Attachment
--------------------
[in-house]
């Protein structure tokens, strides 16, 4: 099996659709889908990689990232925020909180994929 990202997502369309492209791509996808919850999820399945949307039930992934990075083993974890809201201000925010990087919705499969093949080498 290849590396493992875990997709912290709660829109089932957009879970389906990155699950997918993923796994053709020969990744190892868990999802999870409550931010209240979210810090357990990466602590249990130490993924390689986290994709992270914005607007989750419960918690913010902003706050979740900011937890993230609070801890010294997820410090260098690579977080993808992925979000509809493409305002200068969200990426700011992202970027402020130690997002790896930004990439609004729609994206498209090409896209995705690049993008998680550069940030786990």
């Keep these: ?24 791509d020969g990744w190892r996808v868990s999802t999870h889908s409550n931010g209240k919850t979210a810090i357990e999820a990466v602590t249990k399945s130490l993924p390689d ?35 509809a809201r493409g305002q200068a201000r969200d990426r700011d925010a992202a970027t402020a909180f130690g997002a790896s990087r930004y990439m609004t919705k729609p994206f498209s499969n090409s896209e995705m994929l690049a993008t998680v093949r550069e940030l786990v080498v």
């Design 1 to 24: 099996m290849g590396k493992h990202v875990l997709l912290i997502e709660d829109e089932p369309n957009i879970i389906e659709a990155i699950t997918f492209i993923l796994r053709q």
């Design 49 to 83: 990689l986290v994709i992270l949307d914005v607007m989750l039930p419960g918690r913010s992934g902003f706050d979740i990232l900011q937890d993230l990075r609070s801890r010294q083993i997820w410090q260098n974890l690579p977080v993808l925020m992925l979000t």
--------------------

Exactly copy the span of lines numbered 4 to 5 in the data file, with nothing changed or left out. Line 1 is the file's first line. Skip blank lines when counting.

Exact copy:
């Design 1 to 24: 099996m290849g590396k493992h990202v875990l997709l912290i997502e709660d829109e089932p369309n957009i879970i389906e659709a990155i699950t997918f492209i993923l796994r053709q």
């Design 49 to 83: 990689l986290v994709i992270l949307d914005v607007m989750l039930p419960g918690r913010s992934g902003f706050d979740i990232l900011q937890d993230l990075r609070s801890r010294q083993i997820w410090q260098n974890l690579p977080v993808l925020m992925l979000t």